Credit risk premia rise, as share prices continue to sink; Dollar appreciates as Europe frets; Portfolio risk surges, as FX/equity correlation intensifies
Credit risk premia rise, as share prices continue to sink
Risk premia on European and US high-yield bonds rose to their highest levels in more than two months in the week ending September 25, 2020, as American blue-chip benchmarks posted their fourth consecutive weekly loss, despite a rebound in tech stocks on Friday. That late rally, however, did not benefit European markets, which suffered a double whammy from surging coronavirus cases and disappointing economic survey data. Bottomline, the EURO STOXX 50® ended the week 4.4% lower, compared with -0.5% for the STOXX® USA 900. Growing concerns in Europe were also reflected in a bigger increase in EUR credit spreads, as well as a steeper decline in German sovereign yields, as investors shifted their funds into less risky securities. A notable exception to this were Italian BTPs, which saw their risk premium over Bunds fall to the lowest level since late February, after the far-right League party suffered a number of setbacks in several key regional elections, while the anticipation of ongoing fiscal and monetary assistance provided additional support.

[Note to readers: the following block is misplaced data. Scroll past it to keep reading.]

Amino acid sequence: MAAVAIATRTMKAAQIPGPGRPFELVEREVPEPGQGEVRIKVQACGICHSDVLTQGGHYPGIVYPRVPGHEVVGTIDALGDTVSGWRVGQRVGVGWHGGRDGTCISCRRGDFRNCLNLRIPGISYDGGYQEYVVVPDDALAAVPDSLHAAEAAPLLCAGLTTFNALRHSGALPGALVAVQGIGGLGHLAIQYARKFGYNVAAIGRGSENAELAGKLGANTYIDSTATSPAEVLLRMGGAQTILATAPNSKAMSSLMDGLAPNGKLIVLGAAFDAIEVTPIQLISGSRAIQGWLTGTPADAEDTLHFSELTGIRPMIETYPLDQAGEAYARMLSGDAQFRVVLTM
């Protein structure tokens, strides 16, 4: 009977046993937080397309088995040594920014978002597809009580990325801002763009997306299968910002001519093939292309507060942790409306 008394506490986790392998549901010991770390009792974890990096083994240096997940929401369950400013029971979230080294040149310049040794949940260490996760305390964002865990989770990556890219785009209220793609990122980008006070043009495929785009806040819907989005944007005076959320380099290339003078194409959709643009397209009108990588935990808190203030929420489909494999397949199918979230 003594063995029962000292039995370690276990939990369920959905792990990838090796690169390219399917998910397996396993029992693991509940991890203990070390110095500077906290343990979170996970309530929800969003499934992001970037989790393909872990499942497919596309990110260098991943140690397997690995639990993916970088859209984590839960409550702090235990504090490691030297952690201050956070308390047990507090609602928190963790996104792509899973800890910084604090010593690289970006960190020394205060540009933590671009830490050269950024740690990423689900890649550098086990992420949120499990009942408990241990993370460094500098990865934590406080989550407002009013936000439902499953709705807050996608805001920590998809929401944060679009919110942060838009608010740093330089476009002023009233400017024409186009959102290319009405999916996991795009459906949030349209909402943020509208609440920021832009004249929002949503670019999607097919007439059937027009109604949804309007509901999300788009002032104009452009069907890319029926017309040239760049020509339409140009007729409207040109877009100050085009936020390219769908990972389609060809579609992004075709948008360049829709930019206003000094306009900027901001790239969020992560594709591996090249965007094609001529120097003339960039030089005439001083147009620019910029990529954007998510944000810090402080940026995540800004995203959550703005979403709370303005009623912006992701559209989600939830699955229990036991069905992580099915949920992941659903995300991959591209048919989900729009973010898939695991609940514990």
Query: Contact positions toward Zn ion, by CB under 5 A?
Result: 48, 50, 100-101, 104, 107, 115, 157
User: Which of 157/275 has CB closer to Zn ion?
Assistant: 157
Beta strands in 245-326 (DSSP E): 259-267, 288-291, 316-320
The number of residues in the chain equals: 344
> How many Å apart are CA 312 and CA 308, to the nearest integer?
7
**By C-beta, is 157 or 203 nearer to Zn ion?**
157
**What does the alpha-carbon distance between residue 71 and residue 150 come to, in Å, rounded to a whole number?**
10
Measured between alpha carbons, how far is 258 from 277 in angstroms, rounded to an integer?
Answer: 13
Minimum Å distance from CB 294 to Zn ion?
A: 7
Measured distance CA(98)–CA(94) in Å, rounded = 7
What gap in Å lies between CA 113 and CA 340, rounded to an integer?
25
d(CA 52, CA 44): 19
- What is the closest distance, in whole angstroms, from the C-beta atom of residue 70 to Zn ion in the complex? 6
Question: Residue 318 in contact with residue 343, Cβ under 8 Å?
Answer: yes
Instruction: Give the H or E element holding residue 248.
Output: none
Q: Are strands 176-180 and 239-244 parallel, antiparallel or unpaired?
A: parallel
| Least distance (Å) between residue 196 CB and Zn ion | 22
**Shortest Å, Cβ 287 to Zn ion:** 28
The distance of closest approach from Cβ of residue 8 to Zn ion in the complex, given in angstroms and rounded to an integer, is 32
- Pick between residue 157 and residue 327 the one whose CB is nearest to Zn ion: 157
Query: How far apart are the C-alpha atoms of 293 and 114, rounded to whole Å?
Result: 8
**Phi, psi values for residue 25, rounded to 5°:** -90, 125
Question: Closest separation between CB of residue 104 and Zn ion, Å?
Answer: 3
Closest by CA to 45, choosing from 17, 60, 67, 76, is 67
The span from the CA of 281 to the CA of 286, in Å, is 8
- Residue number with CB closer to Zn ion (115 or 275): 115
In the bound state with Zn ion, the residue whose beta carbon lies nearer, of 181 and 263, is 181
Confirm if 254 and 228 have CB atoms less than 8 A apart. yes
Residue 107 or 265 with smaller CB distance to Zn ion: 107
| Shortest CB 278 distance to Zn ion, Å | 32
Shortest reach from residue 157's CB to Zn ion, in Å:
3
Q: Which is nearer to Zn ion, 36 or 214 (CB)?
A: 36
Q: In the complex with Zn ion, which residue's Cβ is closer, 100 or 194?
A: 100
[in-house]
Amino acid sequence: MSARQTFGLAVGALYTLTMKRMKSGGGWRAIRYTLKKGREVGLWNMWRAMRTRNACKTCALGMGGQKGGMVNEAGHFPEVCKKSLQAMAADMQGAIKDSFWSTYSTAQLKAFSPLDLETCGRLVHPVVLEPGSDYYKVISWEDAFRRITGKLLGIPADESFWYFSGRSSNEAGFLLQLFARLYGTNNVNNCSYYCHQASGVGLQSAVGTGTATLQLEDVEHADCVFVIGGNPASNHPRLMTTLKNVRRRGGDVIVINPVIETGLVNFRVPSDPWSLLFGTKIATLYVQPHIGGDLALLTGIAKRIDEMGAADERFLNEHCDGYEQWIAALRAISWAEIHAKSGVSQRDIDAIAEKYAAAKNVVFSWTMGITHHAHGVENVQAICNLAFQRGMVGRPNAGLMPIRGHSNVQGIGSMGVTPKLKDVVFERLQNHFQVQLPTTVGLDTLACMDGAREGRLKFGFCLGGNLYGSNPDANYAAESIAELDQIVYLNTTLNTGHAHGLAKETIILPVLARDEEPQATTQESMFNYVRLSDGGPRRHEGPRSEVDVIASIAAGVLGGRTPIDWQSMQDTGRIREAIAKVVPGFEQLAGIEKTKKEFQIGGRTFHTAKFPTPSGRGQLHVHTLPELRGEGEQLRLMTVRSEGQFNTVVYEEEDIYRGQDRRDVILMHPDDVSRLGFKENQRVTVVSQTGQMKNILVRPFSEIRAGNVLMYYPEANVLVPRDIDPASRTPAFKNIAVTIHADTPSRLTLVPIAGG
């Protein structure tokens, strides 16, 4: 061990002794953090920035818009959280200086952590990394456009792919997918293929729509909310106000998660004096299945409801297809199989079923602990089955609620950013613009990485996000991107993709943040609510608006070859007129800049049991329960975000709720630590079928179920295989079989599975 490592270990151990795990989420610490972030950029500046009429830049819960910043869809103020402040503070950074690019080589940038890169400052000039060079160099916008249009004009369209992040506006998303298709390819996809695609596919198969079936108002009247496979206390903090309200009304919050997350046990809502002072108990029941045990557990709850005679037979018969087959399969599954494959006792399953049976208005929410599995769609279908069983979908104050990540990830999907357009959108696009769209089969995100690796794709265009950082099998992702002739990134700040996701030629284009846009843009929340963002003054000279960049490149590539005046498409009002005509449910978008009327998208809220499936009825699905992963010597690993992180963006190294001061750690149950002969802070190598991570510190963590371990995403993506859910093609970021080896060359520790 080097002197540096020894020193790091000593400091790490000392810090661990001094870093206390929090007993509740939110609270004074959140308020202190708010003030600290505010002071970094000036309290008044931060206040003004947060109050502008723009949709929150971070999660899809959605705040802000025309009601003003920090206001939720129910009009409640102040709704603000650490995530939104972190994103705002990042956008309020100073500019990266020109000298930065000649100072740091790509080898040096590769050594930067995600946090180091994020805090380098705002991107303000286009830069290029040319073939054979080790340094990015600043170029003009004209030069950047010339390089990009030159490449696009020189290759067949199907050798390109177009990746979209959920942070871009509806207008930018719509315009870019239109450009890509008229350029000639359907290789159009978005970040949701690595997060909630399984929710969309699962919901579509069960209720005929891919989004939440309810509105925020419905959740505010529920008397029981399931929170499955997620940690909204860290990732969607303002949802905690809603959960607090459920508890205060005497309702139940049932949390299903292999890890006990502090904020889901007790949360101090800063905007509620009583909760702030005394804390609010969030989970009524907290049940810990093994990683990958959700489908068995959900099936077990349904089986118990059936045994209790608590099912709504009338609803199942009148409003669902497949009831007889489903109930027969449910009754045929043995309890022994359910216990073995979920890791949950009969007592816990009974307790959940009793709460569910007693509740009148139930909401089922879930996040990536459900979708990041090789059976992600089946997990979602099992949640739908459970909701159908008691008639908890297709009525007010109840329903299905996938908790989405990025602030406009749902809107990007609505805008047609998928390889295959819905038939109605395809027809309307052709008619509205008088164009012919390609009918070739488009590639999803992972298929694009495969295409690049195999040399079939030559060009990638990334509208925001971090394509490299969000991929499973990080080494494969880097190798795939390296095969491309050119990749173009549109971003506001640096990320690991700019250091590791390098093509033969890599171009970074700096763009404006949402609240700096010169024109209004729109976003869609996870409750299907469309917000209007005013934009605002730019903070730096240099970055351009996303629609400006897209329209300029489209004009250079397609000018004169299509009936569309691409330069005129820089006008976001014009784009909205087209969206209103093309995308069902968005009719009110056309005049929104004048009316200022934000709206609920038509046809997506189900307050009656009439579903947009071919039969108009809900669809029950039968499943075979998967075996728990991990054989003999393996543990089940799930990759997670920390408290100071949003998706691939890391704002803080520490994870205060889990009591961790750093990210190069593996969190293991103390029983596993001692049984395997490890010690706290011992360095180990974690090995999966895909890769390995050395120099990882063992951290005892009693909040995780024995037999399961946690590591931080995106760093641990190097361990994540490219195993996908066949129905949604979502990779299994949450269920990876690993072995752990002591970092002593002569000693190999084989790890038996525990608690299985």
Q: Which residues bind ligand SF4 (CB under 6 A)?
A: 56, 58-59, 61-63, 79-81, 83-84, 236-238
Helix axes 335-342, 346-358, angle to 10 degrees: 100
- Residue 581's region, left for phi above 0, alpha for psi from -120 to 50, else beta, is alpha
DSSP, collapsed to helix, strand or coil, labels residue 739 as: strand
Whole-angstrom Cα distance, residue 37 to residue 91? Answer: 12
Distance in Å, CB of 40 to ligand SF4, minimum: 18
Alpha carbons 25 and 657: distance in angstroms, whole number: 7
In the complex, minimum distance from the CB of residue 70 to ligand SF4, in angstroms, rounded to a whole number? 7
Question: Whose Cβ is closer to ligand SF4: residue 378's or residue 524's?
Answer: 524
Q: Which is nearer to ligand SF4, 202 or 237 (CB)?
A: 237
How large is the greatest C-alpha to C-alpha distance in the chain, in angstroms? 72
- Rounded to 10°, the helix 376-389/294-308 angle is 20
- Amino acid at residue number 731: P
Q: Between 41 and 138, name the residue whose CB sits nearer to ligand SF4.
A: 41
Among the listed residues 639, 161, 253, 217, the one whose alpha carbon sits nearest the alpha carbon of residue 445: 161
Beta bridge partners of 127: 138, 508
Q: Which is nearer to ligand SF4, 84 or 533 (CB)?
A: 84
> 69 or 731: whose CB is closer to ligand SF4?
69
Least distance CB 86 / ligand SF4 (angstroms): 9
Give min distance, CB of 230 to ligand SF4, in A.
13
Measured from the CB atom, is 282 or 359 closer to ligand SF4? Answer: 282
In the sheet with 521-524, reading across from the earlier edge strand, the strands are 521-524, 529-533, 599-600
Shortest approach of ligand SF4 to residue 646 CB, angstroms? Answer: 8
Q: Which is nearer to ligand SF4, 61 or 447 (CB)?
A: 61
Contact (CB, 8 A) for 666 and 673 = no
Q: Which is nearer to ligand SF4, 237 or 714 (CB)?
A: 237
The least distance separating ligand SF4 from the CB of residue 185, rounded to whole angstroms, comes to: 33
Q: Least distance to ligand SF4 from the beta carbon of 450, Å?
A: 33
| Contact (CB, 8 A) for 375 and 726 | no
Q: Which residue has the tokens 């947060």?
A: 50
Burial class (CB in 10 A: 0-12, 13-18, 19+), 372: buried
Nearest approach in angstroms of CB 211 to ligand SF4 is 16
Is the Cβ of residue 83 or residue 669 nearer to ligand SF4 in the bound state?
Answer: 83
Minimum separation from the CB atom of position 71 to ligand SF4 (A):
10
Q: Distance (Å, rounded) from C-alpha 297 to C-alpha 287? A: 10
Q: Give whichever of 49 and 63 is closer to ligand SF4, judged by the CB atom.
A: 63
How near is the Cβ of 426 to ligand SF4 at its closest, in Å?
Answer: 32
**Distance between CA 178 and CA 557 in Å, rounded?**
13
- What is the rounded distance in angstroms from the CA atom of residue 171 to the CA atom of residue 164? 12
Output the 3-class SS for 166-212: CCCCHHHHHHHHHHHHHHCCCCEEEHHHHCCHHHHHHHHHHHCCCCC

Please refer to Figures 4 & 5 of the current Multi-Asset Class Risk Monitor (dated September 25, 2020) for further details.
Dollar appreciates as Europe frets
The US dollar gained 1.8% against a basket of foreign currencies in the week ending September 25, 2020, primarily driven by signs of weakness among its European rivals, caused by concerns over resurging numbers of COVID-19 cases and the possibility of renewed lockdowns. Lower-than-expected readings of the Eurozone services sector PMI and the German ifo Business Climate Index, released on Wednesday and Thursday, respectively, added further downward pressure. The Japanese yen, which customarily benefits from increasing risk aversion, experienced the smallest loss of all major currencies, depreciating around 1% against its American competitor.
Please refer to Figure 6 of the current Multi-Asset Class Risk Monitor (dated September 25, 2020) for further details.
Portfolio risk surges, as FX/equity correlation intensifies
Short-term risk in Qontigo’s global multi-asset class model portfolio surged 1.5 percentage points to 10.1% as of Friday, September 25, 2020, as a further intensification of the co-movement of share prices and foreign-exchange rates against the US dollar reduced diversification benefits. The rise was most notable in the non-US equity category, which saw its share of overall portfolio risk soar by more than 6 percentage points to 19%. US stocks, on the other hand, did not see their standalone volatility increase, thanks mostly to the late rally of tech companies on Friday, which meant that their percentage risk contribution decreased by 10 points to 47%.
Please refer to Figures 7-10 of the current Multi-Asset Class Risk Monitor (dated September 25, 2020) for further details.